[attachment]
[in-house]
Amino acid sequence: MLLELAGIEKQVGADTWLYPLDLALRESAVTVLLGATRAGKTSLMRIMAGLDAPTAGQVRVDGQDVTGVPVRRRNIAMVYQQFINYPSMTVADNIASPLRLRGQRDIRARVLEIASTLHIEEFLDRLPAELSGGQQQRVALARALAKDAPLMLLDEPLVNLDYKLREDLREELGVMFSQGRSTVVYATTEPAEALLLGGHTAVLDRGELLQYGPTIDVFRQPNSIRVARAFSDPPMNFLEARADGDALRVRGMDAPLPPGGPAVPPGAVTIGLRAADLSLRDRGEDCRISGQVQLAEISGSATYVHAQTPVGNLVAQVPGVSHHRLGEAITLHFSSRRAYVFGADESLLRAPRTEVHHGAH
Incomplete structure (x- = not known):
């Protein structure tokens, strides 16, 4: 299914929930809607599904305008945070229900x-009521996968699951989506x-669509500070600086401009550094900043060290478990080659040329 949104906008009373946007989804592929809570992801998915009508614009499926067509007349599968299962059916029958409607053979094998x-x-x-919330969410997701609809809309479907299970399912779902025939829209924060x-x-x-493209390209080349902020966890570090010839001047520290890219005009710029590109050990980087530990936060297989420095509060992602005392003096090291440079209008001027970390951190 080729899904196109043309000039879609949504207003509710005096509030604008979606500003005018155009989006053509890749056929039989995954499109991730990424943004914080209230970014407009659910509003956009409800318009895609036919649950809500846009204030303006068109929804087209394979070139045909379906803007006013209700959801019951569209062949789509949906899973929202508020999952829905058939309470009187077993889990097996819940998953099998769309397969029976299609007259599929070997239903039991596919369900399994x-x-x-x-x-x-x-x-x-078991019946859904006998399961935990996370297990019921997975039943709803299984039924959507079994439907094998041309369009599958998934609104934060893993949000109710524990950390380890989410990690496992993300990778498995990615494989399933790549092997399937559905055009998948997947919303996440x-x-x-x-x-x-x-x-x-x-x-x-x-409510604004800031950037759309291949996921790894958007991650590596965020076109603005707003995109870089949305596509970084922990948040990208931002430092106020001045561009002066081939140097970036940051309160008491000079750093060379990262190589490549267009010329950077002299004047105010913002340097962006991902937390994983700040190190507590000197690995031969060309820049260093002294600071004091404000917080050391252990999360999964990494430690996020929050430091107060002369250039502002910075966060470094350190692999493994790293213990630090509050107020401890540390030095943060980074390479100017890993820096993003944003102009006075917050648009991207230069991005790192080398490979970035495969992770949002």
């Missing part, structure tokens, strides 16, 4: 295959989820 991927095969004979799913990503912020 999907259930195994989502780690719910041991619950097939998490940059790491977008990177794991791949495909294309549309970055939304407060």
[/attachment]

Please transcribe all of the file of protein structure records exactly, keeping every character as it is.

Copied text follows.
[in-house]
Amino acid sequence: MLLELAGIEKQVGADTWLYPLDLALRESAVTVLLGATRAGKTSLMRIMAGLDAPTAGQVRVDGQDVTGVPVRRRNIAMVYQQFINYPSMTVADNIASPLRLRGQRDIRARVLEIASTLHIEEFLDRLPAELSGGQQQRVALARALAKDAPLMLLDEPLVNLDYKLREDLREELGVMFSQGRSTVVYATTEPAEALLLGGHTAVLDRGELLQYGPTIDVFRQPNSIRVARAFSDPPMNFLEARADGDALRVRGMDAPLPPGGPAVPPGAVTIGLRAADLSLRDRGEDCRISGQVQLAEISGSATYVHAQTPVGNLVAQVPGVSHHRLGEAITLHFSSRRAYVFGADESLLRAPRTEVHHGAH
Incomplete structure (x- = not known):
């Protein structure tokens, strides 16, 4: 299914929930809607599904305008945070229900x-009521996968699951989506x-669509500070600086401009550094900043060290478990080659040329 949104906008009373946007989804592929809570992801998915009508614009499926067509007349599968299962059916029958409607053979094998x-x-x-919330969410997701609809809309479907299970399912779902025939829209924060x-x-x-493209390209080349902020966890570090010839001047520290890219005009710029590109050990980087530990936060297989420095509060992602005392003096090291440079209008001027970390951190 080729899904196109043309000039879609949504207003509710005096509030604008979606500003005018155009989006053509890749056929039989995954499109991730990424943004914080209230970014407009659910509003956009409800318009895609036919649950809500846009204030303006068109929804087209394979070139045909379906803007006013209700959801019951569209062949789509949906899973929202508020999952829905058939309470009187077993889990097996819940998953099998769309397969029976299609007259599929070997239903039991596919369900399994x-x-x-x-x-x-x-x-x-078991019946859904006998399961935990996370297990019921997975039943709803299984039924959507079994439907094998041309369009599958998934609104934060893993949000109710524990950390380890989410990690496992993300990778498995990615494989399933790549092997399937559905055009998948997947919303996440x-x-x-x-x-x-x-x-x-x-x-x-x-409510604004800031950037759309291949996921790894958007991650590596965020076109603005707003995109870089949305596509970084922990948040990208931002430092106020001045561009002066081939140097970036940051309160008491000079750093060379990262190589490549267009010329950077002299004047105010913002340097962006991902937390994983700040190190507590000197690995031969060309820049260093002294600071004091404000917080050391252990999360999964990494430690996020929050430091107060002369250039502002910075966060470094350190692999493994790293213990630090509050107020401890540390030095943060980074390479100017890993820096993003944003102009006075917050648009991207230069991005790192080398490979970035495969992770949002």
């Missing part, structure tokens, strides 16, 4: 295959989820 991927095969004979799913990503912020 999907259930195994989502780690719910041991619950097939998490940059790491977008990177794991791949495909294309549309970055939304407060």